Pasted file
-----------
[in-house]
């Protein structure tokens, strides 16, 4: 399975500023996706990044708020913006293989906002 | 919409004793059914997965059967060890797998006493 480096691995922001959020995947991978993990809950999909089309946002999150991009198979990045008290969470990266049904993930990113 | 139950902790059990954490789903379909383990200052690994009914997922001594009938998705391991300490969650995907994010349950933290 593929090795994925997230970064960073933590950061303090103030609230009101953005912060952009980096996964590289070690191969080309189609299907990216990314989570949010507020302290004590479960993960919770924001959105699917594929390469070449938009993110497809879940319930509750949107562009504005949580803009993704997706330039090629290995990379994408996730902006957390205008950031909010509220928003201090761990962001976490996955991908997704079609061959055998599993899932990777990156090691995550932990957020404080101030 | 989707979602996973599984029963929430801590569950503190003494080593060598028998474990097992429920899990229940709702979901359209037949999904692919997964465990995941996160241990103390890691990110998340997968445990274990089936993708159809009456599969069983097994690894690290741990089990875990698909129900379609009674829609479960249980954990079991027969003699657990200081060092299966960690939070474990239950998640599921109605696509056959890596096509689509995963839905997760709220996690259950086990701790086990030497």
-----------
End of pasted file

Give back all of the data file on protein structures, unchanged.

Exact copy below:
[in-house]
């Protein structure tokens, strides 16, 4: 399975500023996706990044708020913006293989906002 | 919409004793059914997965059967060890797998006493 480096691995922001959020995947991978993990809950999909089309946002999150991009198979990045008290969470990266049904993930990113 | 139950902790059990954490789903379909383990200052690994009914997922001594009938998705391991300490969650995907994010349950933290 593929090795994925997230970064960073933590950061303090103030609230009101953005912060952009980096996964590289070690191969080309189609299907990216990314989570949010507020302290004590479960993960919770924001959105699917594929390469070449938009993110497809879940319930509750949107562009504005949580803009993704997706330039090629290995990379994408996730902006957390205008950031909010509220928003201090761990962001976490996955991908997704079609061959055998599993899932990777990156090691995550932990957020404080101030 | 989707979602996973599984029963929430801590569950503190003494080593060598028998474990097992429920899990229940709702979901359209037949999904692919997964465990995941996160241990103390890691990110998340997968445990274990089936993708159809009456599969069983097994690894690290741990089990875990698909129900379609009674829609479960249980954990079991027969003699657990200081060092299966960690939070474990239950998640599921109605696509056959890596096509689509995963839905997760709220996690259950086990701790086990030497």